ARCHIVES: This is legacy content from before Industry Dive acquired Mobile Commerce Daily in early 2017. Some information, such as publication dates, may not have migrated over. Check out our topic page for the latest mobile commerce news.

Home Depot approaches 100,000 mobile POS transactions per week: Javelin exec

LITCHFIELD PARK, AZ – A Javelin Strategy and Research executive at the Mobile Shopping Fall Summit said that Home Depot is on track to process 100,000 mobile POS transactions per week by the first-quarter of 2014.

During the “Cash, Check or Mobile POS?” keynote, the executive pointed to Apple, Home Depot and Nordstrom as examples of brands that are getting mobile POS right. While Home Depot and Apple are using mobile POS for transactions, Nordstrom’s is also heavily playing up the clienteling aspect of mobile POS for in-store shoppers.

“You can look at Home Depot – they came out with mobile POS. It was called FIRST program – Find, Inquire, Respect, Solve and Thank,” said Mary Monahan, executive vice president of mobile at Javelin, San Francisco.

“Their first version of that terminal had POS and then they decided it wasn’t as important and they came out with a version that didn’t include the selling, just looking up inventory,” she said.

“Within the first quarter, they had done one hundred million transactions in mobile, and now they’re doing about 100,000 a week – within a year they will do 100,000 a week.”

Merchant proposition
The Javelin executive spoke about the differences between mobile and traditional point-of-sale, how consumers view mobile POS and how satisfied merchants are with their mobile POS systems.

Ms. Monahan’s presentation defined mobile POS as the process of accepting a payment via a mobile device, whether that is through a tablet or phone.

For merchants, mobile POS has a few different unique characteristics that make it appealing for marketers.

Most importantly, the cost is low as the technology moves from being hardware-based to software-based.

Additionally, easier integration, application processes and the ability to cut lines in-stores are increasingly becoming more important factors into why merchants roll out mobile POS.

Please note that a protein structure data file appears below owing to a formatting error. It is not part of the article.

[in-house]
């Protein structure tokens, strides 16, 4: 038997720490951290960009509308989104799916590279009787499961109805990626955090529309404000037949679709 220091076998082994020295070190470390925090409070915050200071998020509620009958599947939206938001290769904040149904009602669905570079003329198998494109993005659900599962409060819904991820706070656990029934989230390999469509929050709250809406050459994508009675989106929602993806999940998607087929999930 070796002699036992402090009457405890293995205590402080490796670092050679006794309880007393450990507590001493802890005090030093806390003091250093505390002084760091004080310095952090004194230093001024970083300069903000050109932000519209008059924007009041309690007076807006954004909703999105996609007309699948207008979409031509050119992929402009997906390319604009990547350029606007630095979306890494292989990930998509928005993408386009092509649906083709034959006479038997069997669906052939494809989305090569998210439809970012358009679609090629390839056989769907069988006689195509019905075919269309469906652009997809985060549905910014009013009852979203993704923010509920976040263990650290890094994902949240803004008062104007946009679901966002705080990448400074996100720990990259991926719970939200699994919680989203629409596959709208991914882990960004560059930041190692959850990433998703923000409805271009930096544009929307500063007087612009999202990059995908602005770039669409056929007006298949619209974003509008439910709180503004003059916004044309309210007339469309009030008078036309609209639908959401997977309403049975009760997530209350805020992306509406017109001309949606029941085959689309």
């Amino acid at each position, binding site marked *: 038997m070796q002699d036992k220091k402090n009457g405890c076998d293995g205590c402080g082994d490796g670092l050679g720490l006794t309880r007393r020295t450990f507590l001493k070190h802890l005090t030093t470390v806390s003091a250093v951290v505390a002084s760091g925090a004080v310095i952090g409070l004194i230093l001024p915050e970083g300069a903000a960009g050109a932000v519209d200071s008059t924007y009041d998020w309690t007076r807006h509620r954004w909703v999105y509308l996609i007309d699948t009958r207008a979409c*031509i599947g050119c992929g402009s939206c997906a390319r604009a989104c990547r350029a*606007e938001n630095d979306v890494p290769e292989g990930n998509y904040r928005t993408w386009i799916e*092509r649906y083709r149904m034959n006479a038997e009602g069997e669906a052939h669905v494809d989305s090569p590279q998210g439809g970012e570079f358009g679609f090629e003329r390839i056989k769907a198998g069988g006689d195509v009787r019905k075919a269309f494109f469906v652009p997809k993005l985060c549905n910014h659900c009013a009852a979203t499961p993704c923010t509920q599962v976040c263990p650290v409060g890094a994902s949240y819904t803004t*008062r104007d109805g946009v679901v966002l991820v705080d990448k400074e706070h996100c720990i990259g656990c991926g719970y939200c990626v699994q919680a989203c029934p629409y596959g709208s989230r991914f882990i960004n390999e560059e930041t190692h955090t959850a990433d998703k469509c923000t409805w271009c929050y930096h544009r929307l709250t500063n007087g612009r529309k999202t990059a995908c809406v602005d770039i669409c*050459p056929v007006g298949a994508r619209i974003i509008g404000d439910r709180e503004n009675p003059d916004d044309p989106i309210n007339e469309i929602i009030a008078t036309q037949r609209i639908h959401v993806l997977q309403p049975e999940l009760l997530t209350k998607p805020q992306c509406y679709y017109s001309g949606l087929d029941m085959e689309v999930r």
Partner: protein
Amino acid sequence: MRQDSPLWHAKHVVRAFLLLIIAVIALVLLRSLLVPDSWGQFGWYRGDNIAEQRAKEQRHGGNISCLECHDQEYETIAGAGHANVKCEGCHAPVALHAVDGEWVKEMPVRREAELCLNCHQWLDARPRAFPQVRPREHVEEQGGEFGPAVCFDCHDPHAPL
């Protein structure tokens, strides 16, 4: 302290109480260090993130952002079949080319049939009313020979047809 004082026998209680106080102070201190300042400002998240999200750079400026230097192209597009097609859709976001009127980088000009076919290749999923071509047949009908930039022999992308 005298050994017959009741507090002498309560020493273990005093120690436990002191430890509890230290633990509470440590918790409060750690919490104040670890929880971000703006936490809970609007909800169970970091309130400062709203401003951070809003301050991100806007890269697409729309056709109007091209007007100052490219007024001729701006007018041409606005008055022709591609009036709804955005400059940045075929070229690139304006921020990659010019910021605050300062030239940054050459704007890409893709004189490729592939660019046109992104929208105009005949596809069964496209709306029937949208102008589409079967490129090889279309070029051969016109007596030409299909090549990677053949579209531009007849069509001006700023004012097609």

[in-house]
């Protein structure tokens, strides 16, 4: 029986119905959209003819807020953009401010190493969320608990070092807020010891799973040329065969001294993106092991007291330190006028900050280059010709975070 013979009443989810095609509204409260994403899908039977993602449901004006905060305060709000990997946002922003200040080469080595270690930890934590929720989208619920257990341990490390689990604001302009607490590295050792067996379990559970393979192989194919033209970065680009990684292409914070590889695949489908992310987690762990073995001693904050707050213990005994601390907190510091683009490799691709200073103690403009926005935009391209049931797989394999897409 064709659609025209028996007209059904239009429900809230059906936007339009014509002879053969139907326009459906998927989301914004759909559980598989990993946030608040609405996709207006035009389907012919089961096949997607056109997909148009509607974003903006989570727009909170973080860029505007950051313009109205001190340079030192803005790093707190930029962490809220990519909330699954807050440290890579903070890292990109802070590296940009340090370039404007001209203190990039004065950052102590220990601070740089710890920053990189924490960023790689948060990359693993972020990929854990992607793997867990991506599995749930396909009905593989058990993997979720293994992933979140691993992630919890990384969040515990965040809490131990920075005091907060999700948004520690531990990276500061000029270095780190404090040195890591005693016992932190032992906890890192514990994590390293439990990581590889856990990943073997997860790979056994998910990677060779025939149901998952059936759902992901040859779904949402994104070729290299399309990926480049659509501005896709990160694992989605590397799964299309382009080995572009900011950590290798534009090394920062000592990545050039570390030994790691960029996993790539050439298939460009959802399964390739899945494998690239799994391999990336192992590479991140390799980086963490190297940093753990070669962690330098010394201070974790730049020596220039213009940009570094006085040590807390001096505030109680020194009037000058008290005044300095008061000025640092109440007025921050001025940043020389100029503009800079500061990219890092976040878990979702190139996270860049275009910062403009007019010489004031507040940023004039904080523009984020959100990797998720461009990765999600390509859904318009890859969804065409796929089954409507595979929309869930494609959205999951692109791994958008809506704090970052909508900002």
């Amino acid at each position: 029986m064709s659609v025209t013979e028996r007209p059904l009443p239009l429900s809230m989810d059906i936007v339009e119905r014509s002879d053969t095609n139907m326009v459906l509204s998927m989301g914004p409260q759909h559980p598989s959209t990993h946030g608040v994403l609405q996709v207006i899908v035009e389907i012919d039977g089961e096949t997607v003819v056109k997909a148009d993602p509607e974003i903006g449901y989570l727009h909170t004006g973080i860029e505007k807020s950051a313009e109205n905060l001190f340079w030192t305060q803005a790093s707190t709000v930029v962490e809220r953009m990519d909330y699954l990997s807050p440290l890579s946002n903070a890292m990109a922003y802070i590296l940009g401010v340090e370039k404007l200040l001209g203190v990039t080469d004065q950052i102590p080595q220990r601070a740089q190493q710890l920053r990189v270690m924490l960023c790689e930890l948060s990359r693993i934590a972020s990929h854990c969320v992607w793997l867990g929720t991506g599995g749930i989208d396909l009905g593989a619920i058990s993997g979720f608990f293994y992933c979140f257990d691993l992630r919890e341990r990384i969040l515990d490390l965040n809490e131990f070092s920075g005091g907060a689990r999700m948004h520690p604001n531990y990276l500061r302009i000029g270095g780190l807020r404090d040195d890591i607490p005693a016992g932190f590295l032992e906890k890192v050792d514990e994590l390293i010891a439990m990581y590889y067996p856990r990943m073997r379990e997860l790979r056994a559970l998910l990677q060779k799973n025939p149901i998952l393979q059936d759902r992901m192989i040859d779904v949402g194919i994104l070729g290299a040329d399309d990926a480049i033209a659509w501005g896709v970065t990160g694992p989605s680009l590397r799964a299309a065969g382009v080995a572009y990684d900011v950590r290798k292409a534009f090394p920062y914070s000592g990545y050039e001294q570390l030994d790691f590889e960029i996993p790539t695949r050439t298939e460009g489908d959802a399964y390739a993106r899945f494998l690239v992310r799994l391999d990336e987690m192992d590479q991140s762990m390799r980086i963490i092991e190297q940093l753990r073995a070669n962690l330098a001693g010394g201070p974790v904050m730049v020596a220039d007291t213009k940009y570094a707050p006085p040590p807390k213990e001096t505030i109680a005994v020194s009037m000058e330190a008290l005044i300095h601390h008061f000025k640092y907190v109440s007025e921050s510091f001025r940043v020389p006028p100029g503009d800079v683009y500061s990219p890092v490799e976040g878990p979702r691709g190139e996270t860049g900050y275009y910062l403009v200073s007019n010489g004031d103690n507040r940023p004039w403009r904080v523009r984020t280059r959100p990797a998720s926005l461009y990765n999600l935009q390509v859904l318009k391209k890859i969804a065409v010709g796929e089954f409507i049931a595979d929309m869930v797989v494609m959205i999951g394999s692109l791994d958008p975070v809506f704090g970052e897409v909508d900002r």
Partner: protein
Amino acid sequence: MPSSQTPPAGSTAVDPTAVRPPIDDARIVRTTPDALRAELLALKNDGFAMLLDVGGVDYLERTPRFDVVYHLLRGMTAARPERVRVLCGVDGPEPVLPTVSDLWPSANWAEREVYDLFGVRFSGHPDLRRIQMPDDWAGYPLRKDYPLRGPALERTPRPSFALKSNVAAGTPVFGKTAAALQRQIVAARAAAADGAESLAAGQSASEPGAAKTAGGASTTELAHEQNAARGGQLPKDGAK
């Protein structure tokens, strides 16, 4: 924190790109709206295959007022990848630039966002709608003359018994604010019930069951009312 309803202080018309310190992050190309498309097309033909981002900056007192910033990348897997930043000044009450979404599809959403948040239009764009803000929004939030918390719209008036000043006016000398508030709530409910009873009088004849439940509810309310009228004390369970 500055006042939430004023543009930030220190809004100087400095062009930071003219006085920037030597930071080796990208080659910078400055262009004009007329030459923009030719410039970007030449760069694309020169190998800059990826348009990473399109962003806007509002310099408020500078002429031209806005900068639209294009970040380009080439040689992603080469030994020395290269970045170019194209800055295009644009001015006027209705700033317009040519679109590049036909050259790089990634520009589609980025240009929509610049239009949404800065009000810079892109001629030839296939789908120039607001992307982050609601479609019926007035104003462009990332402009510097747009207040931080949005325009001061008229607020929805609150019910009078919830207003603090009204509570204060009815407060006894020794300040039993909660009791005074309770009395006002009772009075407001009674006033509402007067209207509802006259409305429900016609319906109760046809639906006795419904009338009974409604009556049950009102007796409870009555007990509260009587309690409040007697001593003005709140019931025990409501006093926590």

Compared to other forms of innovation, what makes mobile unique is that the technology has been deployed by more tier-four and tier-five businesses before hitting the bigger tier-one retailers.

Particularly for merchants that do not accept card payments, mobile POS is a competitive advantage for smaller businesses and can also increase average order values because consumers spend more when paying with a credit card.

However, mobile POS is moving upstream for bigger retailers.

Javelin surveyed companies with revenue from $100,000 – $500 million.

Fifteen percent of these microbusinesses with revenue less than $100,000 have adopted mobile POS.

The mid-market that represents revenue up to $500 million in revenue, 10 percent of businesses have rolled out mobile POS.

Interestingly, there is a reverse affect when it comes to how satisfied merchants are with their mobile POS systems.

The bigger companies are more dissatisfied with mobile than the smaller merchants, likely indicating the challenges in getting standardized mobile payments rolled out at a bigger level.

“The easiest fish to catch are those that are hungry, so it’s very easy to catch the tier-five to four merchants because they’ve never been able to accept card payments,” Ms. Monahan said.

“But now, you can’t make a living there – you’ve got to go upstream,” she said.

“So we see mobile POS coming up and going to the tier-threes, tier-twos and tier-ones because there’s more margin, but there’s also much greater need for advanced services.”

Consumer hankering
According to findings from Javelin, nine of out ten consumers find mobile POS to be convenient, and consumers with higher incomes are more likely to find the technology useful.

Despite the convenience factor, only 28 percent of consumers believe that mobile POS is secure, pointing towards the strong privacy concerns that still exist.

This is where brands have a big play in building consumer trust.

According to Ms. Monahan, Square was the catalyst for mobile payments because there are not account fees with a straight-forward transaction fee.

“What’s interesting about this market is that it’s becoming commoditized, and it’s headed towards free ware,” Ms. Monahan said.

“More and more companies are coming out with it – we did an analysis of the marketplace in the U.S. just a few months ago for 90 companies who had mobile POS and more have come out every single week since then,” she said.

Final Take
Lauren Johnson is associate reporter on Mobile Commerce Daily, New York